The last meal

His eye-bags are noticeable, as they always have been, ever since I remember, but today on his forehead, I also see unnerving lines; the slightly bulging blue veins, almost like a linear forehead bump.

He hugs me, let’s out a silent hiccup – his eyes bawling, nose watery and hands shaky. I hug him back and rub his spine, pat it a little.

“It’s alright” I tell him.


He sobs and moistens my shoulders and my cotton stripes.

“Don’t, don’t, don’t…” I tell him, “don’t do that … let it go. It is alright!”

And even though he pretends to nod vehemently, as if saving himself an embarrassment, he isn’t entirely swayed by my words, on the contrary, I am sure he believes, that I am just an old man, who had his time and who is now trying to pacify a twenty two year old, of things that he has been and most certainly will be deprived of – forever.

I sit him down– forcefully– pushing down his shoulders, with the ample strength of what is left in my forearms.

“Did you eat anything this morning?” I ask.

He gestures a no.

“Would you like to?”

He doesn’t say anything. His head is hanging low. I lower my head too.


“No”, he says, avoiding an eye contact.

“You know,” I tell him, patting his shoulders, “they say, you’re as good as your last meal.”

He looks up from the ground and stares at me, I am smiling, and it takes him a second or two, before he deciphers the double entendre behind the word, “last” in “last-meal”.

He laughs, uncertainly, as if he shouldn’t be laughing at all in these moments. His eyebrows are twisted in surprise and I laugh with him and soon, we both are uncontrollably loud and seemingly miserable.  The guards on duty outside our cell are at a loss. They hammer the cellar with wooden sticks and signal us to remain quiet.

We scoff at them and on purpose, laugh louder. And what started as a mere giggle, has now turned in to an obnoxious mockery of the miserable life that we both have lived; he for past one and a half years and I, well, I don’t remember, when was the last time I saw a lost puppy on the streets, or heard the honking of a bus or smelt the freshness of jalebis in a sweet shop. For me, most of my life has been all about staring in the blank space and living a peaceful life that only exists inside my mind.

His veins pop out again when the laughter stops. His face sags low, he is scratching the floor with his uncut finger nails, as if trying to a dig a whole to hell and bury his face in it.

“I did not do it” he says.

And although, he had told me this before a thousand times, and although, I had assumed that he was lying in the past, in this moment, I do believe him. He after all has no reason to lie – not today!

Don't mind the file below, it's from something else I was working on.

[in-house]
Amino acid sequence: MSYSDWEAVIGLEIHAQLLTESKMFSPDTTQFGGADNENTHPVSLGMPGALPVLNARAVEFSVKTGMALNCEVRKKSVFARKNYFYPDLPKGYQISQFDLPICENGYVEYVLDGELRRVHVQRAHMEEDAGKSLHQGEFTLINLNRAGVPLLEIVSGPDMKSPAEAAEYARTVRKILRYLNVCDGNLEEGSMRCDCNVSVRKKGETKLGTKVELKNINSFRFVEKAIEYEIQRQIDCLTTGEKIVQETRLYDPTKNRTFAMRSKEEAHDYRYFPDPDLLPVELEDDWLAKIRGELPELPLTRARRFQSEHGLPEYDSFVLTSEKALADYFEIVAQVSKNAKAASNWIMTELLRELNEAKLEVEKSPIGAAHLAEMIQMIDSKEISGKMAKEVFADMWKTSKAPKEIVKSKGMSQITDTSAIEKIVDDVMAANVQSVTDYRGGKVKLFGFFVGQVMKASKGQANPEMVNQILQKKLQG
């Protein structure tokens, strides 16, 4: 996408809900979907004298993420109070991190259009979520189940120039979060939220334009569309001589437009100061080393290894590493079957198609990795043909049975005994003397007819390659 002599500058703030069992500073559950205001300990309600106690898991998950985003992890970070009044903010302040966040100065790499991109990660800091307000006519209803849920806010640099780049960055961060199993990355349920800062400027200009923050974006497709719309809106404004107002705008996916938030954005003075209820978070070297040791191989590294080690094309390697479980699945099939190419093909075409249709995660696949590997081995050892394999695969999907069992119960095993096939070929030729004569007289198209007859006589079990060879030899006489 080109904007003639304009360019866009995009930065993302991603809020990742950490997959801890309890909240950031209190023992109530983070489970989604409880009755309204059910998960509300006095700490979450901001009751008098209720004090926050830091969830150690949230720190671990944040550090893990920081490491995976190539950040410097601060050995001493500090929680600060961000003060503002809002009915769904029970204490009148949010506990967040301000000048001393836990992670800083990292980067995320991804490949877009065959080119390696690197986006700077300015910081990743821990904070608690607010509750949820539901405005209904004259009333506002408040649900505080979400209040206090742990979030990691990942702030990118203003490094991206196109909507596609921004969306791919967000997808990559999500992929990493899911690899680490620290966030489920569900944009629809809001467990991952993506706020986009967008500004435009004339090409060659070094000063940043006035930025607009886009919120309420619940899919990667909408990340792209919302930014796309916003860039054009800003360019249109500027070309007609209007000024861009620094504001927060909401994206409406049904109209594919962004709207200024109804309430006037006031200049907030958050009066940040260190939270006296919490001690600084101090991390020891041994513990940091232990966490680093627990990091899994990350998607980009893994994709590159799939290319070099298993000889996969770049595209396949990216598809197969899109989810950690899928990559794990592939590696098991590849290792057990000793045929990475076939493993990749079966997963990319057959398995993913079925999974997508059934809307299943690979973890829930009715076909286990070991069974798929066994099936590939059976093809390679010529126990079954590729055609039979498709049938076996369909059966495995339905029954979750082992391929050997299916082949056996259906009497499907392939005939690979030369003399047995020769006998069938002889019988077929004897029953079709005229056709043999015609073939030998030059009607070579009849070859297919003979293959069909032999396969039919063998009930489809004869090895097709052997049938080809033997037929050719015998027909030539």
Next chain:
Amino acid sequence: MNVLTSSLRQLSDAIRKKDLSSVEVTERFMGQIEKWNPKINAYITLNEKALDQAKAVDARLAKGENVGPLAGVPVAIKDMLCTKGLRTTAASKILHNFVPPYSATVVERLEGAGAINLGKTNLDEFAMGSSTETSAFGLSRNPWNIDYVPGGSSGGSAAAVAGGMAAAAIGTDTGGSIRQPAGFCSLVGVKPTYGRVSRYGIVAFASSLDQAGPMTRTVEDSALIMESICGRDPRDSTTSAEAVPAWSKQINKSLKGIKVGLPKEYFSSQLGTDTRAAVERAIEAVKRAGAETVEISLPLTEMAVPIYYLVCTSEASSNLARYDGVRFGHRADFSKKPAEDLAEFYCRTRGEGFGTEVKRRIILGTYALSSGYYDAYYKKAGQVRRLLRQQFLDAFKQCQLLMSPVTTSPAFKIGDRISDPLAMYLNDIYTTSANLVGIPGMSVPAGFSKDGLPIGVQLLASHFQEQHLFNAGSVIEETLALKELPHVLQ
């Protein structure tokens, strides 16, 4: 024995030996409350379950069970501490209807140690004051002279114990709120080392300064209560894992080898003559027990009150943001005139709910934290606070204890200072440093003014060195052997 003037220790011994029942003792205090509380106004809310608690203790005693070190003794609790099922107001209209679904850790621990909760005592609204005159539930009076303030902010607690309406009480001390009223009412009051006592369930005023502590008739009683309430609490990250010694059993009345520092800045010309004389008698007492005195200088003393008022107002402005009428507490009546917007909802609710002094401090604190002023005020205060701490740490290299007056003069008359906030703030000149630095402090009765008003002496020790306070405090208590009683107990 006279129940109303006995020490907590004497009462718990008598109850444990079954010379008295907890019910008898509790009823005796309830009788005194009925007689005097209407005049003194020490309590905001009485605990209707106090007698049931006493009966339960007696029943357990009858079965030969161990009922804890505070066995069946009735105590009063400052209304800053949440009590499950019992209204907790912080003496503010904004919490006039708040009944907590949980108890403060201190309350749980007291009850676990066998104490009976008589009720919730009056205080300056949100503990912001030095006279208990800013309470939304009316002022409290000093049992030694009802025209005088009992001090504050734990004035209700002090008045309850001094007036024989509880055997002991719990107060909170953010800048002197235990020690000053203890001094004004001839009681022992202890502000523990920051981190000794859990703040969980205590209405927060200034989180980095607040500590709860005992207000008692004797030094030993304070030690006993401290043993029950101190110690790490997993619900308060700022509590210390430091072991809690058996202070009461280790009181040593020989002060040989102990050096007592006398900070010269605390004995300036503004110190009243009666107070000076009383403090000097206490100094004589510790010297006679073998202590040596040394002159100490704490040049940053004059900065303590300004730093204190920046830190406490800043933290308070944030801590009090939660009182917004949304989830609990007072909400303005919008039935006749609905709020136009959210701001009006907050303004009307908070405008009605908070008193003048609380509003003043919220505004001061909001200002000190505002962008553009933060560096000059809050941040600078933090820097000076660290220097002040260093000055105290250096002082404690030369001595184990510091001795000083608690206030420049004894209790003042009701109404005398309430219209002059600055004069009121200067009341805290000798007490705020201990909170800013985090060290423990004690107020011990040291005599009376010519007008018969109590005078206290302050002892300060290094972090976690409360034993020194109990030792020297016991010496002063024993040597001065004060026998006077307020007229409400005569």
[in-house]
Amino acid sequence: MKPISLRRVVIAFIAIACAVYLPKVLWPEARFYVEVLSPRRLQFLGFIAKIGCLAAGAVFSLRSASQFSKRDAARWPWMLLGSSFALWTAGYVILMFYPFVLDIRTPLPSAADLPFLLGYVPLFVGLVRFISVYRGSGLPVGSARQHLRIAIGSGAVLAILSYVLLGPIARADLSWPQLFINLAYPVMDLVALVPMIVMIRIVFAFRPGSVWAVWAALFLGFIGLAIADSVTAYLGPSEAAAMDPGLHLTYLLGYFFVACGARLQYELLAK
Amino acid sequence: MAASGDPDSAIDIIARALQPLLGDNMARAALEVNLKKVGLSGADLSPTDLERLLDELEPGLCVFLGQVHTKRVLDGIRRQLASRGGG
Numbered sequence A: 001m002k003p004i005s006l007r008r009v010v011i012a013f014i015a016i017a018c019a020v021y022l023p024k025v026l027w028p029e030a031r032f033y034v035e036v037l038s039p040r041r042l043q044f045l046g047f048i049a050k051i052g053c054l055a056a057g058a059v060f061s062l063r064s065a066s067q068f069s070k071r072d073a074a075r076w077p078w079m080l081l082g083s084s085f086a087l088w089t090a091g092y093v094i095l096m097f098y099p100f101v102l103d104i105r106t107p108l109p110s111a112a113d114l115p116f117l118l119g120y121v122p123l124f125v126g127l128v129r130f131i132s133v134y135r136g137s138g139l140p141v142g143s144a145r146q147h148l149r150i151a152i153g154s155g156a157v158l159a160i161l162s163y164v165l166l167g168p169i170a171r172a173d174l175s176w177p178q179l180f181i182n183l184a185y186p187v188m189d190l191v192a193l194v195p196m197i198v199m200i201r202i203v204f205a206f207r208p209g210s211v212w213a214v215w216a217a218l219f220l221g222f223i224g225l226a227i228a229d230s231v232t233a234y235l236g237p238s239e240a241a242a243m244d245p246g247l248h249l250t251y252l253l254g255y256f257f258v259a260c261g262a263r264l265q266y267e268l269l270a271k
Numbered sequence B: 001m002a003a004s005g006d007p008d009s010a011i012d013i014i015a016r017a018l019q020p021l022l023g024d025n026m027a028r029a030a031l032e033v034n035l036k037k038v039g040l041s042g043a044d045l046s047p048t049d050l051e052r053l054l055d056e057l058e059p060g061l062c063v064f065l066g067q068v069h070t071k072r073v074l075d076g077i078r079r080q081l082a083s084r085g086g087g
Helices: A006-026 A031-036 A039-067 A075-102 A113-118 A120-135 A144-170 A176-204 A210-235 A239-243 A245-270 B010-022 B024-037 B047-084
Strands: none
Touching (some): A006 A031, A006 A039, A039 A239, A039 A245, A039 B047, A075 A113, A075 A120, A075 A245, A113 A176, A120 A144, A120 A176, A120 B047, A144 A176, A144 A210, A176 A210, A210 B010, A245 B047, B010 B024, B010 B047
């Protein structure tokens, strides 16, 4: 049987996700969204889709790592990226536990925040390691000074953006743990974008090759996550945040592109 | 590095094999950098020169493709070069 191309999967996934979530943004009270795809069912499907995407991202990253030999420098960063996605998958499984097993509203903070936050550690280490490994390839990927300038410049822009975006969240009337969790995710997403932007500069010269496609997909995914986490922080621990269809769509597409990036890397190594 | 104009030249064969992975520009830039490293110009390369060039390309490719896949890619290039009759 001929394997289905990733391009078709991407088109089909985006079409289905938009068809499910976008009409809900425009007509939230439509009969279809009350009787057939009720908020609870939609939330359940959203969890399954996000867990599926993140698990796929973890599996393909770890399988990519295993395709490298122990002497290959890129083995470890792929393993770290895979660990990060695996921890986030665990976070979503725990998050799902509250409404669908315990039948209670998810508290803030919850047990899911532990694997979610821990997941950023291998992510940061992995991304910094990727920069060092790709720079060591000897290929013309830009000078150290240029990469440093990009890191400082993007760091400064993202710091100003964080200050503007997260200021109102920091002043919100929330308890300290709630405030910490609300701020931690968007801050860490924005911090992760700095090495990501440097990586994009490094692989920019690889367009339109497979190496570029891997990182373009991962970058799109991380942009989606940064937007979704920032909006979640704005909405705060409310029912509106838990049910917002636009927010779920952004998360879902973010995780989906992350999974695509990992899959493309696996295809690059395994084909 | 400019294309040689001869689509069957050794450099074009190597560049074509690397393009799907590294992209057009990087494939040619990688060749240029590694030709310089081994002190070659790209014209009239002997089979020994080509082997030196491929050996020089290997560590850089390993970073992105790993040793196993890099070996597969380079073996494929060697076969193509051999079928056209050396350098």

“I know,” I say, “neither did I”

“Hmm” he pauses for a second.

“Do you want to live?” he asks.

“Do I have a choice today?” I sound as trivial as the idea of a last meal of my choice.

“So”, he says, “Is it still a murder, if you murder someone who already wants you to murder him?”

“Well, honestly, I think that’s more of a redemption. At least I would call it that.”

“Hmmm” he says again. Sighs, as if contemplating something unusual.

“So, you are saying, if there is a god and let’s assume he is watching all this, he won’t punish you for such an act, will he?” he asks.

“I don’t know that, but I don’t see a reason why he will.” I tell him.

Today, I am uncertain of my own words and their connotations. I don’t know how they play in this kid’s mind. But on the other hand, the repercussions that could, and that will, come with them, wouldn’t be as ghastly as the reality in itself in comparison. So I barely have anything to lose; my heart has a tongue today.

“Hmmm” he says again, this time slightly delighted. He gets up from the ground and peeks outside, both ways, makes sure there is no one in the vicinity and comes closer to me. The guards aren’t there.

He is smiling for some reason. Something is up.

“What?” I ask him.

He pulls out two tiny knives from his pocket; slightly rusted but pointy ones.

“Where did you get these from?” I panic.

“Shushhh, that’s not important”, he says.

“One for you and one for me, in the gut, firmly, at the same time on a count to three, oh! And make sure the stab is hard and the damage is permanent.” He says.

And just like that we count backwards in unison, three … two … one …

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